The design legacy of two Tone

The exhibition offers an in-depth look at 2 Tone's legacy and its importance as a musical and political force in the late 70s and early 80s. What can also be seen everywhere is the coherence of the design of 2 Tone, from the logos to the distinctive black and white checkered branding to the clothing worn by both the bands and their fans.

The show shows the creative power of Jerry Dammers, who founded The Specials in 1977 and founded 2 Tone Records in 1979 as part of a deal with Chrysalis. The exhibition draws Dammers & # 39; early artistic endeavors and offers a veritable treasure trove of memorabilia and pop culture iconography from its collection.

This includes the original handwritten lyrics for songs like Ghost Town from The Specials and early sketches for the band's logo. Plus there's the suit that Dammers wore on the very first cover of The Face and countless other items that Dammers & # 39; Demonstrate vision for 2 tones.

Above and above: Installation recordings of 2 Tone: Lives & Legacies in the Herbert Art Gallery & Museum. All installation photos © garryjonesphotographyPhotography by Toni TyeOriginal 2-tone band t-shirts

There is also a study of the political and social context in the UK that gave birth to 2 Tone. "One of the things that influenced 2 Tone is that it was created in part by the punk movement and obviously punk arose out of the discontent many young people felt in Britain at the time in the 1970s," says Martin Roberts, one of the show curators. "There was a lot of unemployment, a lot of jobs were lost, there was racial assault on the street … it was a pretty dark time in many ways and that was one of the things that gave birth to punk and then later 2" Ton.

“We also tried to look at the musical roots of 2 Tone,” continues Roberts. “Aside from the influence of punk, the other important influence was Jamaican ska. We tried to tell this story – how Jamaican ska was brought to this country by migrants from the Caribbean who came here in the 1950s and 60s. ”The combination of punk and ska defined the two tone sound, while the social one Klima gave the bands a strong political and anti-racist stance.

According to Ali Wells, another curator of the show, the city of Coventry, where The Specials and many other bands on the two-tone scene emerged, was crucial to its development. "It was very much a Coventry movement," Wells explains. "Jerry says it could have happened wherever he was, but for us it had to happen somewhere where there was Coventry heavy industry, which meant the Windrush generation came along and brought their reggae music … that) both collided and came together in different ways. It was this driver, especially for Jerry, who took this anti-racist stance. That was the main message of 2 Tone. "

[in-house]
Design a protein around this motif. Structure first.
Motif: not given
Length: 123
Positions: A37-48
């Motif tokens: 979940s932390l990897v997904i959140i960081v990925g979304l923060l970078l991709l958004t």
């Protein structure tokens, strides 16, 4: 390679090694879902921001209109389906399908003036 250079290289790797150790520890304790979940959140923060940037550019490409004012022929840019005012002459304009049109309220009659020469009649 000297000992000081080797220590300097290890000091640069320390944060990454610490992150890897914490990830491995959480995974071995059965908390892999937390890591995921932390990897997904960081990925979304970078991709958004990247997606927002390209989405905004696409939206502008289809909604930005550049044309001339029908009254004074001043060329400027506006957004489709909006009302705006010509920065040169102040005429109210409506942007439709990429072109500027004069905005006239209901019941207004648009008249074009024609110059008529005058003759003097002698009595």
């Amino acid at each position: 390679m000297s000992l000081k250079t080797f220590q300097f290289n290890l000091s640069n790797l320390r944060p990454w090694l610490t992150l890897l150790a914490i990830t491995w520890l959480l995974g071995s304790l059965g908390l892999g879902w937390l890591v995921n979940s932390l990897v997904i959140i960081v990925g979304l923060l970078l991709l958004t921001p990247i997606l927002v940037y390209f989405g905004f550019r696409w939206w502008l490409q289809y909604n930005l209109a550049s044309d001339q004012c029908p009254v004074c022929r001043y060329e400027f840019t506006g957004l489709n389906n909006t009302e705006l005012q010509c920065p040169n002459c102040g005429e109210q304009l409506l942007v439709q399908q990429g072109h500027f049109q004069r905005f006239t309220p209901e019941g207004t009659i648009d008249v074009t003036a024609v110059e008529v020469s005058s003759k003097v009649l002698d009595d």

Installation in the museum with the suit jacket by Jerry Dammers worn on the cover of the first issue of The FaceThe Body Snatchers, photographed by Toni Tye2 clay badges

The specials and other 2-tone bands brought up racism and other social issues in their songs, but Dammers intended to "almost sneak the message in," according to Wells, to ensure that the songs were primarily "catchy" and had good melodies.

In addition to the political message in the songs, the band members of the 2 Tone label also addressed racism directly with the members of the Front National, who occasionally appeared at concerts – "they spent quite a bit of time talking to whites about anti-racism" children ", says Wells.

In addition to Dammers & # 39; 2-tone memorabilia, the exhibition features black and white photographs of live gigs and fans by Mark Osborne, Toni Tye and John Coles, as well as a number of iconic promotional images from Chalkie Davies. There are also vintage clothing items, including Fred Perry shirts and the original pork pie hats from Neville Staple and Pauline Black. Fans will no doubt also be delighted to see the original and now rather ragged bowling shirt from Dammers that provided the inspiration for the Walt Jabsco character's name in the 2-tone logo.

Fred Perry shirts on display at the 2 Tone exhibitionSelector Gig, photographed by Toni TyeJerry Dammers at the 2 Tone exhibition with the original texts he wrote for The Specials' hit Ghost Town

There is also a slew of fan-contributed items including fan mail and artwork sent to 2 Tone that Dammers has kept over the years. "Jerry was really interested in us celebrating the fans," says Wells. "A lot of his material came here."

This is a compelling exhibition that demonstrates the power of 2 Tone's message both politically and musically, as well as in terms of branding and design. While the design work of other UK labels, notably Factory Records, has long been recognized, 2 Tone's contribution to musical design history may have been underestimated in comparison – an oversight that is likely to reverse this show.

2 Tone: Lives & Legacies is on view at the Herbert Art Gallery & Museum in Coventry until September 12; theherbert.org


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